Playing With Fire

The KS Secretary of State's office runs Crosscheck, a simple database comparison of voter records from multiple states (28 in 2017) to check for duplicate registrations. Kansas has been running the program for over a decade at no cost to member states.

If the private voter data send by member states to Kansas were to be mishandled or hacked either in transit to or from Kansas or while in the database, Kansas would be legally liable.

Since April 2017, I have been asking #ksleg to consider the risk this represents to our state.  (This is in addition to other issues including dreadful data security pre-2018 and a record of mostly inaccurate results.)

Remediating a data security breach is *expensive*. The state of Utah spent $9 million on security audits, upgrades & credit monitoring for victims for a breach of 780,000 Utahns. That is fairly modest cost per person ($12) compared to other breaches.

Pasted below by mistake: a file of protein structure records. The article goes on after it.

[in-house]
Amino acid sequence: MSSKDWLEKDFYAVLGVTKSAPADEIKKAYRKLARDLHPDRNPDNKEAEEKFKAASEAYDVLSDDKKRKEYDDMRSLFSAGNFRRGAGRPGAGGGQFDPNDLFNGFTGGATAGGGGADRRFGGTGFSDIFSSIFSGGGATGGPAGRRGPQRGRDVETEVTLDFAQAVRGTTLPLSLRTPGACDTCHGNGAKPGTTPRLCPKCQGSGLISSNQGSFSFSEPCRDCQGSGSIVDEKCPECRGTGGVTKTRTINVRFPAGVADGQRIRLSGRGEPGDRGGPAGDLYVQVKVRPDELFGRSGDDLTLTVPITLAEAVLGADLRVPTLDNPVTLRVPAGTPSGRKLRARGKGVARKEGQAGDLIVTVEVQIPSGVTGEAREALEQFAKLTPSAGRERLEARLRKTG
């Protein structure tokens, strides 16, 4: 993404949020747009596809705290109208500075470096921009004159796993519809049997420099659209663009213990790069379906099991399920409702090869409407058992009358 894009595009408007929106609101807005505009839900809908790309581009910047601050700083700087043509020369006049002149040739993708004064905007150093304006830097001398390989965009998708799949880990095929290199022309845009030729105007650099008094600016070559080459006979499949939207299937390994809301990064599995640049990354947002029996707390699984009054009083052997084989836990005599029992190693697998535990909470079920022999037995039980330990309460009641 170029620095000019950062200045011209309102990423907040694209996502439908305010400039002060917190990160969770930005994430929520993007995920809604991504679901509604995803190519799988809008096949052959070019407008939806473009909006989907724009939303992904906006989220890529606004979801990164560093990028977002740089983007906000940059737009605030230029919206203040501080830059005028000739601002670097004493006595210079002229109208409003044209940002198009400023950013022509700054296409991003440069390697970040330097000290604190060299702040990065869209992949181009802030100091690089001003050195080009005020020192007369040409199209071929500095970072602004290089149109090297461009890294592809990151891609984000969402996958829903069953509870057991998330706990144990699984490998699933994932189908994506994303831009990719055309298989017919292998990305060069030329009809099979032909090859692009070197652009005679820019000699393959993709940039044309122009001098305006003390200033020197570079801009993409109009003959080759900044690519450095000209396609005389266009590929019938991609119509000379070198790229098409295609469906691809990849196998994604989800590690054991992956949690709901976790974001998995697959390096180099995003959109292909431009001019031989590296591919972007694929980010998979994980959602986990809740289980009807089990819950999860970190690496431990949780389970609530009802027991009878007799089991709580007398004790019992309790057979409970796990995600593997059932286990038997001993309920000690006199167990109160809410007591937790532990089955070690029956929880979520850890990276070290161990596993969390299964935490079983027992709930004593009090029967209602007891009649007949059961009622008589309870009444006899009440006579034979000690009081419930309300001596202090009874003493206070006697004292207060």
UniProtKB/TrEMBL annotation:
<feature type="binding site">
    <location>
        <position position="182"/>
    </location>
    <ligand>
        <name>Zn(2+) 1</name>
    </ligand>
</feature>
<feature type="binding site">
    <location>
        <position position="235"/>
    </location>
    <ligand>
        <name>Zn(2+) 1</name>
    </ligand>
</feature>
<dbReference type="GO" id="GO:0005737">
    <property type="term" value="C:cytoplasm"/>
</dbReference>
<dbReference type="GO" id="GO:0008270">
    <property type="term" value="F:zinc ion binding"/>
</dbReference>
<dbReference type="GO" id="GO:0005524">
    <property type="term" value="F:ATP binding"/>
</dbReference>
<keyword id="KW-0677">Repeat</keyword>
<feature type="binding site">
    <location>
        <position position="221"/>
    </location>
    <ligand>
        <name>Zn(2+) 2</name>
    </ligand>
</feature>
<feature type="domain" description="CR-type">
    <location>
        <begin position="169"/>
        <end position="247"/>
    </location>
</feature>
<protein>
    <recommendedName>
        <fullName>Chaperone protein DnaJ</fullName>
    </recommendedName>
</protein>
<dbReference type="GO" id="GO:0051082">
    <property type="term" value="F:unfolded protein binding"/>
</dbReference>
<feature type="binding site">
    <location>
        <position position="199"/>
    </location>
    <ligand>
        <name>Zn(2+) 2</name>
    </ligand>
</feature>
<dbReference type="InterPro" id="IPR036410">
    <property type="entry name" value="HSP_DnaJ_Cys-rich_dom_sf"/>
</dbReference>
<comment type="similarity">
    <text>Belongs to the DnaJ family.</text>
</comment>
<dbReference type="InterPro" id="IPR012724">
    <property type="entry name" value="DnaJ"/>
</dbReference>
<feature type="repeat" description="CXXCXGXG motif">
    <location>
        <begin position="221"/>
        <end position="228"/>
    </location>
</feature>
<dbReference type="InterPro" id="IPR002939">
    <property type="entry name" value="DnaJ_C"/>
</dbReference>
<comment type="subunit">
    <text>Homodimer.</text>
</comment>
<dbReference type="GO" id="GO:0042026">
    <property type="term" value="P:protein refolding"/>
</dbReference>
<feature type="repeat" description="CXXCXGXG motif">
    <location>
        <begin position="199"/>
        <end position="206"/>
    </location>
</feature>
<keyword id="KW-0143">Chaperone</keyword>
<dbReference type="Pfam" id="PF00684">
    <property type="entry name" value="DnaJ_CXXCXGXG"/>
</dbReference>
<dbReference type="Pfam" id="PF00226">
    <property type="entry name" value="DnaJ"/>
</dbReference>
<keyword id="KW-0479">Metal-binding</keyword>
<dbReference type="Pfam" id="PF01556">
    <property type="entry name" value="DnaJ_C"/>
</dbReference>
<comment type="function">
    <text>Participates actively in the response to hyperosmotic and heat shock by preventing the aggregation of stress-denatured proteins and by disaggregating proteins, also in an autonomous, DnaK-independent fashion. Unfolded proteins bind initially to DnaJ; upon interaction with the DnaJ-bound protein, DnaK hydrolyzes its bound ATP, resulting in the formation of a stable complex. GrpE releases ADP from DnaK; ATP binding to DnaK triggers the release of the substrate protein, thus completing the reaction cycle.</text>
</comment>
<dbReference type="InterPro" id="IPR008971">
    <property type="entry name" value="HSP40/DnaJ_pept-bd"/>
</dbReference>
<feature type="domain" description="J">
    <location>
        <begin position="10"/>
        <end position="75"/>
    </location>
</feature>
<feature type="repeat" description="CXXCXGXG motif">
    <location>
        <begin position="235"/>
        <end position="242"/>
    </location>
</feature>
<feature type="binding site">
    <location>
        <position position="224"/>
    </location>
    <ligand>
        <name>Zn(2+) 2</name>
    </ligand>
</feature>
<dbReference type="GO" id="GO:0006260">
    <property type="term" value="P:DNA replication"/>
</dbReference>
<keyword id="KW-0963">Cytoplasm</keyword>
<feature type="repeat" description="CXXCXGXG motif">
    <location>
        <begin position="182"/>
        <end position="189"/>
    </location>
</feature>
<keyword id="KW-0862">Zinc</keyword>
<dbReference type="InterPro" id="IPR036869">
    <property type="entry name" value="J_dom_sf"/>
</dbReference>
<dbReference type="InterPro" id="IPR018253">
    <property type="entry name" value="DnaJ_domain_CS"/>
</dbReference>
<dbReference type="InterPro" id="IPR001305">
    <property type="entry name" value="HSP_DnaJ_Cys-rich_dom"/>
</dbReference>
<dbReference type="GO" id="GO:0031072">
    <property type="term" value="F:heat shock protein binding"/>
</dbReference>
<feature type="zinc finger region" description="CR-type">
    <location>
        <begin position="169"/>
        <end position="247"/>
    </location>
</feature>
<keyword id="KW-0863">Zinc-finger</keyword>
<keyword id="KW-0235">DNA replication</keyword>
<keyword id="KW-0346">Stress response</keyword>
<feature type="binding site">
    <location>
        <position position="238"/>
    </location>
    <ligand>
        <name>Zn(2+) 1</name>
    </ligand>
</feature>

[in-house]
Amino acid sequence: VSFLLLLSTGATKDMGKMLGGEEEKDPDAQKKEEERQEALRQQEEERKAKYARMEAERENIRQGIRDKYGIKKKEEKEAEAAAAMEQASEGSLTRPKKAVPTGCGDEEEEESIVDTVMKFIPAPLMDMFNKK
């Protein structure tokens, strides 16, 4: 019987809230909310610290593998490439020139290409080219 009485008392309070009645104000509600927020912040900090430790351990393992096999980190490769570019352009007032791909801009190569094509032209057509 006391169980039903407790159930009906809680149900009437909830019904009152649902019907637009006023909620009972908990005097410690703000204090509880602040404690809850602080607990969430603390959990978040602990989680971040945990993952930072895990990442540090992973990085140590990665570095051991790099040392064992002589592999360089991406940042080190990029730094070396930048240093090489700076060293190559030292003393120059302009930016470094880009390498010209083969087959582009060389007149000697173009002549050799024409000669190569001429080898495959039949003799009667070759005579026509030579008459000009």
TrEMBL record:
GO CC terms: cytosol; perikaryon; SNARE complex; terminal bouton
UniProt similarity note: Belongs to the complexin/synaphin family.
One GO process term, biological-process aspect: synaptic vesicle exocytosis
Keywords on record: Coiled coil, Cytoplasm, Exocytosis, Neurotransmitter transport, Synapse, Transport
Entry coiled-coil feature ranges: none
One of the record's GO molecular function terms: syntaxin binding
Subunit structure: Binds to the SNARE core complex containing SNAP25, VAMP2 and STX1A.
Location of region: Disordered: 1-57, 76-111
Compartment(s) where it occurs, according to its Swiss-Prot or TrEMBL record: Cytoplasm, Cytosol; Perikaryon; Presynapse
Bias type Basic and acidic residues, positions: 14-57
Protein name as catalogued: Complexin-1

Florida is spending up to $113,000 ($120/pp) to provide LifeLock identity theft to the 945 Kansans' whose private data was emailed from Kansas to Florida, after which Florida inadvertently released it via FOIA.

The Kansas Secretary of State's office has not obtained data liability insurance policy for Crosscheck. In response to lawmaker questions, Elections Director Bryan Caskey testified that a mishandling or breach would be covered by the Kansas Torts Claims Fund.

In testimony in the Kansas Judiciary Committee today, it was reported that the ending balance of the Tort Claims Fund for fiscal year 2017 was $216,704. (Projected balances are FY18: $296,705 and FY19: $376,706.) 

Kansas accepted 98 million records into Crosscheck and returned 7.2 million records as results. If the smallest output file (Idaho at approximately 28,000 records) were breached and the cost were the $12 per person paid by Utah, that would cost Kansas $336,000.

If the smallest input file (South Dakota at 588,214) at $12 per person would be $7,058,568 If the full 98 million records were compromised, even at only $12 per person, the cost runs into the billions.

Kansas has $216,704 available.

No liability insurance.

A bill which would have required the Secretary of State to obtain data liability insurance was killed in committee by House Elections Chair Keith Esau.

We are playing with fire, and we don't have money to burn.